Best Neighborhoods in Rockland County
Located 15 miles northwest of Manhattan and 6 miles from the Bronx, Rockland County is the southernmost county in New York State. Nestled on the west side of the Hudson River, it is designated as a Preserve America Community, and nearly one-third of the county is parkland.
Rockland County has historical significance dating back centuries. British Explorer Henry Hudson sailed up the Hudson River and dropped anchor in Tappan Zee, happy that he had found the elusive Northwest Passage to India. He eventually figured out his error, turned around and sailed for home.
However, the Duke of York, who eventually became King James II, liked what he heard and claimed the territory. Rockland County was originally part of Orange County and did not become its own county until 1798.
The area played an important part in the birth of the nation. The early seeds of the principles in the Declaration of Independence were crafted in 1774 in Orangetown. George Washington and Marshal Jean-Baptiste Donatien de Vimeur, Comte de Rochambeau encamped in Suffern in 1781 before the siege of Yorktown, which eventually led to Lord Cornwallis’ surrender.
The first acknowledgement by the British of the independent nation happened when British Commander Sir Guy Carleton received Washington aboard his vessel Perseverance on May 5, 1783, and fired the first salute to the new flag.
Camp Shanks in Orangeburg was the embarkation point for millions of soldiers heading overseas in World War II, the last stop before departing for Europe and North Africa. Seventy-five percent of troops who participated in D-Day left from Camp Shanks. It also served as a prisoner of war camp for Italian and German prisoners.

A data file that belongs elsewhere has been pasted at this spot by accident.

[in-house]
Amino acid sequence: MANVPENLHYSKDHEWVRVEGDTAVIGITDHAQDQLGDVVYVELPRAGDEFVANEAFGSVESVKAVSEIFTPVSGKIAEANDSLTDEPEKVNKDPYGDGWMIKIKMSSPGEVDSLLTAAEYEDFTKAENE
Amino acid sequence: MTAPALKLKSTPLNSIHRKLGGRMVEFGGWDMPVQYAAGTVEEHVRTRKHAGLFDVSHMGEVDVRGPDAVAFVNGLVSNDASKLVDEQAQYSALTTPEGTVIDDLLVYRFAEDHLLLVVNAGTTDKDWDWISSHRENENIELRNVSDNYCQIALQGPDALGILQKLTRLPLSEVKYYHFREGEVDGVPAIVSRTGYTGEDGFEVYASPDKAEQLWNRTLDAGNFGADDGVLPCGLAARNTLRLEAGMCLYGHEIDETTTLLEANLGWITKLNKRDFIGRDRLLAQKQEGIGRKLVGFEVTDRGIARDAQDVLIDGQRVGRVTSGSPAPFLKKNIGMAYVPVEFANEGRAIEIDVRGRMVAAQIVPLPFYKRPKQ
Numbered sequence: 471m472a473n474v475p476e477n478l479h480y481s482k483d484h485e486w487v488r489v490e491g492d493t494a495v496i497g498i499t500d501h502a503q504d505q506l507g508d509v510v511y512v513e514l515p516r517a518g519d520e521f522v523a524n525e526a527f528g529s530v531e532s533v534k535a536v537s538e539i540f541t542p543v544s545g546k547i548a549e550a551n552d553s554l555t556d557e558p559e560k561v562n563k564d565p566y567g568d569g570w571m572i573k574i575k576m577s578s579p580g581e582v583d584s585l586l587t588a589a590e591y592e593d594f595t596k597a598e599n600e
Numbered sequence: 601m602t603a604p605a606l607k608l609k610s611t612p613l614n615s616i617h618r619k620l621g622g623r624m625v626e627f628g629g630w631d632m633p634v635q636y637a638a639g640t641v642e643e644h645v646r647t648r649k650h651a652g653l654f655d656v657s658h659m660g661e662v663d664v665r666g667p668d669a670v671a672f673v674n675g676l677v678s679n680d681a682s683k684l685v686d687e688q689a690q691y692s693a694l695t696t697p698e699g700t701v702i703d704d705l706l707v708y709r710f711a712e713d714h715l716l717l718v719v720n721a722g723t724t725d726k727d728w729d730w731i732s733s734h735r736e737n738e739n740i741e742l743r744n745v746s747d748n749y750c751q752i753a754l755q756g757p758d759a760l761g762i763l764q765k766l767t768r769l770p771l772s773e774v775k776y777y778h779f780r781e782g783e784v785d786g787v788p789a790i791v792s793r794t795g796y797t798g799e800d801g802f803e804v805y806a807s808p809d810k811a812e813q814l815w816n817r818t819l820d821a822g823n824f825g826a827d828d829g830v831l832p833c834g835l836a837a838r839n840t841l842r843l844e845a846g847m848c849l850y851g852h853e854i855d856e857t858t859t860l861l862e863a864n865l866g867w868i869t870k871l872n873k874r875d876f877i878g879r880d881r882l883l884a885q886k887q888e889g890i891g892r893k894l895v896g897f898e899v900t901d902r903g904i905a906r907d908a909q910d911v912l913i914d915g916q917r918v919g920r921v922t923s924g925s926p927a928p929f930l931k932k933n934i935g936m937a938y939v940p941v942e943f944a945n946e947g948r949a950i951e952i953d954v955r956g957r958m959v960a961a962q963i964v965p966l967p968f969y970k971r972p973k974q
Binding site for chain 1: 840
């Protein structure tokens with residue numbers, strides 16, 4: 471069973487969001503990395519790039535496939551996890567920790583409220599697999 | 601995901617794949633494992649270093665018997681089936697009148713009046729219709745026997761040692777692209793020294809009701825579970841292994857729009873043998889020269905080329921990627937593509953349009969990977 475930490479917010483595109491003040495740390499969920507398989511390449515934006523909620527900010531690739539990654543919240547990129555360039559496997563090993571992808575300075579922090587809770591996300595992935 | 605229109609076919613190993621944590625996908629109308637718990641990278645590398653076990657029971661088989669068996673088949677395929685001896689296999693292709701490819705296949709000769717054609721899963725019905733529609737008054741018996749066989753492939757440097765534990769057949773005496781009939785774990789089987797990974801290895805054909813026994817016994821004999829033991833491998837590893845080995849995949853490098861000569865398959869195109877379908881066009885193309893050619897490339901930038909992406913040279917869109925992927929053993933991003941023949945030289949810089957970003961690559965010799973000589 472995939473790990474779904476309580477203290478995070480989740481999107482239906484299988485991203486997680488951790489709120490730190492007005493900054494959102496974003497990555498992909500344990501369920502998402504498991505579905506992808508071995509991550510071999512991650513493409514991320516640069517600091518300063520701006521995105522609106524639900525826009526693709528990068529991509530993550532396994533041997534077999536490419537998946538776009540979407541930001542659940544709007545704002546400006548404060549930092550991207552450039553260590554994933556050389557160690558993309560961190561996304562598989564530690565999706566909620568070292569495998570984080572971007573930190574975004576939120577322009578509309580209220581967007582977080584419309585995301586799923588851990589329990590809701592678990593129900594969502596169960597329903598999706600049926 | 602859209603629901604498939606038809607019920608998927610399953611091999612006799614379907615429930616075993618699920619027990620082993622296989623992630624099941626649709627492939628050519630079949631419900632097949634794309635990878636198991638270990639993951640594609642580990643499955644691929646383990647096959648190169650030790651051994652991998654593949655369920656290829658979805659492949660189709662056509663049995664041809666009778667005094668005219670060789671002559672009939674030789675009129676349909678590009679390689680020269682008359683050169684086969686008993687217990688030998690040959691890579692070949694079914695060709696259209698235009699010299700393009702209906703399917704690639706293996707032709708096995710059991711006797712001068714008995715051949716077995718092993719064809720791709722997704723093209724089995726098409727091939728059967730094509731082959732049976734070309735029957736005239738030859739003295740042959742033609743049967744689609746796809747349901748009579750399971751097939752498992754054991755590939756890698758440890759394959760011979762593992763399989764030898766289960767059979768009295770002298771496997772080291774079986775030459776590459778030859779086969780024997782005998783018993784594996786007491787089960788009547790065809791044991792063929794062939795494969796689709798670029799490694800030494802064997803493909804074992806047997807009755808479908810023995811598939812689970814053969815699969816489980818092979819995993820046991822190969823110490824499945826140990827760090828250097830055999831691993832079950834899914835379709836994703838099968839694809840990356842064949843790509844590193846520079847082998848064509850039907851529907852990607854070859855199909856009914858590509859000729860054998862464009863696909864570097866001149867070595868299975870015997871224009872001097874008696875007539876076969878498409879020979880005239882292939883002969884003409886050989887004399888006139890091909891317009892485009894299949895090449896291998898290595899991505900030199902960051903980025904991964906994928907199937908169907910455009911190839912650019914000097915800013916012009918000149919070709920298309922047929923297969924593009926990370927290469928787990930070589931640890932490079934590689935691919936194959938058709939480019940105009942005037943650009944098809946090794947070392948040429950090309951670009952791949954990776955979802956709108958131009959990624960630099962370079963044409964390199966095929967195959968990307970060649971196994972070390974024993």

Rockland County is steeped in history, but is it a good place to live in the 21st century? We looked at information about demographics, crime rates, housing and the commute to Manhattan. Here are some of the best neighborhoods in Rockland County in alphabetical order.
Piermont was originally known as Tappan’s Landing and is located on the west bank of the Hudson River. It is the site of the Sparkill Creek drawbridge, built in 1880 and continues to provide pedestrians access across Sparkhill Creek into the Tallman Mountain State Park.
Still operational, it may be the last remaining hand-cranked drawbridge in the U.S. and is listed in the National Register of Historic Places.
Piermont’s proximity to the Hudson River Valley made it a hotbed of activity during the Revolutionary War for both sides of the conflict. The River Road in Piermont was a major supply trail. The Onderdonk House was fired on by British Troops and is listed in the National Register of Historic Places.
Niche.com gives Piermont an A+ overall rating, with top marks for public schools, good for families and health and fitness, an A for outdoor activities, crime and safety, nightlife and a B+ for diversity. It’s considered an urban/suburban mix.
The median housing price is $579.800, and 67% of the residents own their homes. People looking for rental accommodation can expect to pay an average of $2,000-- double the national average. The median household income is $124,700, according to Niche.
If you’re travelling into Manhattan, it will take you approximately an hour by train, 30 minutes to drive, 75 minutes by bus, and a taxi will take you 30 minutes and approximately $180.
Suffern is located at the base of the Ramapo Mountains and has been around since 1796. Originally named New Antrim after the town’s founder, John Suffern’s home town, it was eventually renamed to honor the founder.